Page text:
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Part of the NOFA guides. Includes information on:-Strengths and limitations of hybrid varieties-Before you grow the seed (selecting varieties, saving seed and improving crops, intellectual property rights)-Growing seed (pollination biology, harvesting, cleaning, storage, germination testing)-Details on individual crops (amaranth, crucifers, beets and chard, lettuce, cucurbits, corn and small grains, nightshades, root veggies)Plus detailed appendices including more ino on seed cleaning, seed companies, and more.
A REVIEW OF THE U.S. DEPARTMENT OF ENERGY'S RENEWABLE ENERGY PROGRAMS
A report on Reliability Issues for DoD Systems
Information on Reducing the Logistics Burden for the Army After Next
Reducing Construction Costs: Uses Of Best Dispute Resolution Practices By Project Owners: Proceedings Reportby Federal Facilities Council
The National Academies Press (NAP)--publisher for the National Academies--publishes more than 200 books a year offering the most authoritative views, definitive information, and groundbreaking recommendations on a wide range of topics in science, engineering, and health. Our books are unique in that they are authored by the nation's leading experts in every scientific field.
Diversification provides a well-known way of getting something close to a free lunch: by spreading money across different kinds of investments, investors can earn the same return with lower risk (or a much higher return for the same amount of risk). This strategy, introduced nearly fifty years ago, led to such strategies as index funds. What if we were all missing out on another free lunch that's right under our noses? In Lifecycle Investing, Barry Nalebuff and Ian Ayres-two of the most innovative thinkers in business, law, and economics-have developed tools that will allow nearly any investor to diversify their portfolios over time. By using leveraging when young-a controversial idea that sparked hate mail when the authors first floated it in the pages of Forbes-investors of all stripes, from those just starting to plan to those getting ready to retire, can substantially reduce overall risk while improving their returns. In Lifecycle Investing, readers will learn How to figure out the level of exposure and leverage that's right for you How the Lifecycle Investing strategy would have performed in the historical market Why it will work even if everyone does it When not to adopt the Lifecycle Investing strategy Clearly written and backed by rigorous research, Lifecycle Investing presents a simple but radical idea that will shake up how we think about retirement investing even as it provides a healthier nest egg in a nicely feathered nest.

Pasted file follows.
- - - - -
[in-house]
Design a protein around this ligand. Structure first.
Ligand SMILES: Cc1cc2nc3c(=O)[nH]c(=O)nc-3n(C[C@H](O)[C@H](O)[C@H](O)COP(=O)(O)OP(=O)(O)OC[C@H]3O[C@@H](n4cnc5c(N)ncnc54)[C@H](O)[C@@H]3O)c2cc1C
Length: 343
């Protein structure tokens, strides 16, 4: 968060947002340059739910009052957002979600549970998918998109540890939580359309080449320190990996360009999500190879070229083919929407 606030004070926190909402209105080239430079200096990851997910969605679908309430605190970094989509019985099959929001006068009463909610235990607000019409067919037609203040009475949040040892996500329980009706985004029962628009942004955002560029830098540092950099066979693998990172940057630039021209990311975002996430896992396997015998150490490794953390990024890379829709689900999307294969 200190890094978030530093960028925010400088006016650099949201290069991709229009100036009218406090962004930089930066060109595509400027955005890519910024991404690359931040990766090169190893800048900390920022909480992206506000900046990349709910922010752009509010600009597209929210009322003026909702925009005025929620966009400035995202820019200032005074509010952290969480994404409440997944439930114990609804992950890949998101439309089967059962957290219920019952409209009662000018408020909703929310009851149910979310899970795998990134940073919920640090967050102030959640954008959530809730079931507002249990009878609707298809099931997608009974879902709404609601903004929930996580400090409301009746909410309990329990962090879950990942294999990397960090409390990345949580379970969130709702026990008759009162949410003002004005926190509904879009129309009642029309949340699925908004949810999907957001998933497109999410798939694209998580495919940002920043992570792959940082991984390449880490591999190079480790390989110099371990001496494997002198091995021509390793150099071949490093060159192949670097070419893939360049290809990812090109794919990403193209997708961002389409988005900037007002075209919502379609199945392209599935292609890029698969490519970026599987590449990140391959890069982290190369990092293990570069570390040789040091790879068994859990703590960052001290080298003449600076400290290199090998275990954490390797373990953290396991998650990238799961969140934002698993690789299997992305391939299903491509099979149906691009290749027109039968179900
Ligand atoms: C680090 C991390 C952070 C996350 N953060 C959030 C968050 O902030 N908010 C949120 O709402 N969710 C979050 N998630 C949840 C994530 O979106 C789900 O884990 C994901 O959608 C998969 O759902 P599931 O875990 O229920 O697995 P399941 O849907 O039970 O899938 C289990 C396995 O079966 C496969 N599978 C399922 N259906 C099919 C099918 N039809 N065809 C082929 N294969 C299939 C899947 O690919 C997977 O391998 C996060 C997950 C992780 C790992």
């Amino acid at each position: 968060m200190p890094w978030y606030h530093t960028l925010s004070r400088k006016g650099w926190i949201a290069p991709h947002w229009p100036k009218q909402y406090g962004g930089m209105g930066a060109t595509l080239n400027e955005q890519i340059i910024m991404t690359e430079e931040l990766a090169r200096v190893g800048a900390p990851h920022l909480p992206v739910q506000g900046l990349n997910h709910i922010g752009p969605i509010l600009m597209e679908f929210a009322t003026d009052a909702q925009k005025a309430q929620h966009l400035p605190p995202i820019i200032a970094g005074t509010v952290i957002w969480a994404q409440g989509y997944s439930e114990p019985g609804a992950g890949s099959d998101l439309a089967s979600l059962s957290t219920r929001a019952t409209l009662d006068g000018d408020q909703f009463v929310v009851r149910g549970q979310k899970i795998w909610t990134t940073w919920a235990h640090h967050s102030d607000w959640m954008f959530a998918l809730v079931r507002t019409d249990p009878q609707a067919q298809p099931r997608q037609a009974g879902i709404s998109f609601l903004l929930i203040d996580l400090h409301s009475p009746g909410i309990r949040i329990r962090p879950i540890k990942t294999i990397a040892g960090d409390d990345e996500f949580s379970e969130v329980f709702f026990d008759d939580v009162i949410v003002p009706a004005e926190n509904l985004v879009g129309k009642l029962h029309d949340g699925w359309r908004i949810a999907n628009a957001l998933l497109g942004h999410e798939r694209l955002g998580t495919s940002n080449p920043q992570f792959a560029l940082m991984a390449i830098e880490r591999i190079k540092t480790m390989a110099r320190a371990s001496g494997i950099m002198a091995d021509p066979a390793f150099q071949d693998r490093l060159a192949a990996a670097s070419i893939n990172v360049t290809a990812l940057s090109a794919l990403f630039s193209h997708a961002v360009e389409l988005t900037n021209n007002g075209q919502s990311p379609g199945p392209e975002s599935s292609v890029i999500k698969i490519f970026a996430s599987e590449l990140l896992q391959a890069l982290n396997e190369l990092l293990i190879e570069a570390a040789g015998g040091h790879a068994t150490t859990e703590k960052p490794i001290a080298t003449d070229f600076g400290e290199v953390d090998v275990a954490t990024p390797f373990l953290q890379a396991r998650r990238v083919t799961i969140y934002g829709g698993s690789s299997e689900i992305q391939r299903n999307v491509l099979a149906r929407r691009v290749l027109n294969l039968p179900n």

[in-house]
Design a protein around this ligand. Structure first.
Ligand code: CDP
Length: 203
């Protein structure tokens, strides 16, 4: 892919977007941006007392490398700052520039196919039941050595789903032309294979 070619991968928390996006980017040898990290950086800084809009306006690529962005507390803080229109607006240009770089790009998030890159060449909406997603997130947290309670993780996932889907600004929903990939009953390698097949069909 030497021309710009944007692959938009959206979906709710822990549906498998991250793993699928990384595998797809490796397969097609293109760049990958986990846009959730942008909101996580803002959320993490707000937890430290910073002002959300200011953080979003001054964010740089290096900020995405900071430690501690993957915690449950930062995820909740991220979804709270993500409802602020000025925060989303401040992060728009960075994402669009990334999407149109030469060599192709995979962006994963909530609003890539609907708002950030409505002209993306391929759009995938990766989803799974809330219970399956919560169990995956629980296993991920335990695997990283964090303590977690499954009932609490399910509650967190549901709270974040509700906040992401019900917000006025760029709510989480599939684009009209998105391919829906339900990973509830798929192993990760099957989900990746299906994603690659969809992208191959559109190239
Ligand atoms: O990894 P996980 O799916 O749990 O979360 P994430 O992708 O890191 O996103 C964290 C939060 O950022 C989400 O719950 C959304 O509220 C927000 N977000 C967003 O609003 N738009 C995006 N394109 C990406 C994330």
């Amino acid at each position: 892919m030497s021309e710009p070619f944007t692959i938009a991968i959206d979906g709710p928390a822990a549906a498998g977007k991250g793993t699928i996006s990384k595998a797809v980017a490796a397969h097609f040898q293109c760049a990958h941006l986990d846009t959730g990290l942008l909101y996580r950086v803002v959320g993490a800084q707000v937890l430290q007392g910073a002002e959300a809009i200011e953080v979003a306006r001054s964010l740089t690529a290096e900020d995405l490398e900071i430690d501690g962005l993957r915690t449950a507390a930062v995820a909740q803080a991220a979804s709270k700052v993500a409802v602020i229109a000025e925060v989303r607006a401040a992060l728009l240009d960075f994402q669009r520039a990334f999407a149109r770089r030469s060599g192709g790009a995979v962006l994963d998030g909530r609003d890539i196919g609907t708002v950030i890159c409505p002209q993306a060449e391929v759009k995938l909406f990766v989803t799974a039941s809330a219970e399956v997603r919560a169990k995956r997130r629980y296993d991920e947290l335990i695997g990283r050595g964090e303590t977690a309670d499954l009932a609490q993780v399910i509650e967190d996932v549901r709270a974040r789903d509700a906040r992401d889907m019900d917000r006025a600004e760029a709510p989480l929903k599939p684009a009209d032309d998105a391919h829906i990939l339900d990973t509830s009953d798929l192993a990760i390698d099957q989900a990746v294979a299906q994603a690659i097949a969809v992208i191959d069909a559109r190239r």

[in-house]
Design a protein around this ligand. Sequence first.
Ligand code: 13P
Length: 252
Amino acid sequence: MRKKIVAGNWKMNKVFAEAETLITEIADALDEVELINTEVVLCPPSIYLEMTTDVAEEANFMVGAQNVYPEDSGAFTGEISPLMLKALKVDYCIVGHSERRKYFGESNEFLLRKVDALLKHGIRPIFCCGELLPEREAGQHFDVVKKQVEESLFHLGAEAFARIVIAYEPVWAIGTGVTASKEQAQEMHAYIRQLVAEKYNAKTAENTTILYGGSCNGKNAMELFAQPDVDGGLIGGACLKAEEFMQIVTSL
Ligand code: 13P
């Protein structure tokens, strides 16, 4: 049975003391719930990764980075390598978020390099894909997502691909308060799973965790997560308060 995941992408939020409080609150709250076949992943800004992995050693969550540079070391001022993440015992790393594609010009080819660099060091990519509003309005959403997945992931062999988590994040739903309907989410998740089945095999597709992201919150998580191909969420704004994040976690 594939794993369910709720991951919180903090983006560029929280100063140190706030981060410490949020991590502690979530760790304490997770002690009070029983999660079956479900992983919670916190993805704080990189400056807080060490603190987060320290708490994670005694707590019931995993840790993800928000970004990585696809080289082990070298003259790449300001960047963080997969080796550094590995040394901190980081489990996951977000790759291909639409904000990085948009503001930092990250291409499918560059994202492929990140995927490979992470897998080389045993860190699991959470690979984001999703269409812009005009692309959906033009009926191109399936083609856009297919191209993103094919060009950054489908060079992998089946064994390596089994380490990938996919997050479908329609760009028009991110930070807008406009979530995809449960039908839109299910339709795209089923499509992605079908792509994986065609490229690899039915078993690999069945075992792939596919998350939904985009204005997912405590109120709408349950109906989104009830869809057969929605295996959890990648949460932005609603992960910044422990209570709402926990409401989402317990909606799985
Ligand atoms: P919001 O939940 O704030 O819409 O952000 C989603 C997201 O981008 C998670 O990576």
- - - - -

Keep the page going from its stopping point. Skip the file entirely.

In 1587, John White and 117 men, women, and children landed off the coast of North Carolina on Roanoke Island, hoping to carve a colony from fearsome wilderness. A mere month later, facing quickly diminishing supplies and a fierce native population, White sailed back to England in desperation. He persuaded the wealthy Sir Walter Raleigh, the expedition's sponsor, to rescue the imperiled colonists, but by the time White returned with aid the colonists of Roanoke were nowhere to be found. He never saw his friends or family again. In this gripping account based on new archival material, colonial historian James Horn tells for the first time the complete story of what happened to the Roanoke colonists and their descendants. A compellingly original examination of one of the great unsolved mysteries of American history, A Kingdom Strange will be essential reading for anyone interested in our national origins.
Rebuilding the Unity of Health and the Environment: A NEW VISION OF ENVIRONMENTAL HEALTH FOR THE 21ST CENTURYby Kathi Hanna Christine Coussens
Information on Rebuilding the Unity of Health and the Environment
Rebuilding the Unity of Health and the Environment: The Greater Houston Metropolitan Area: Workshop Summaryby Institute of Medicine of the National Academies
A summary on Rebuilding the Unity of Health and the Environment: The Greater Houston Metropolitan Area
Information on Radiation Hazards to Crews of Interplanetary Missions
A risk report on Radiation and the International Space Station
Grayling (philosophy, Birkbeck College, (UK) provides what he describes his "personal dictionary" of historical and modern ideas that influence our understanding of the world as it is in the 21st century. He addresses specific topics such as theories and principles, as well as general subjects in politics, society, philosophy, religion, and science. The author's frequently opinionated observations and his writing style will interest a variety of readers who otherwise might pass on a book about such a diverse range of topics. Annotation ©2012 Book News, Inc. , Portland, OR (booknews. com)
A report on Publicly Funded Agricultural Research and the Changing Structure of U.S. Agriculture
A report on Public Health Risks of Disasters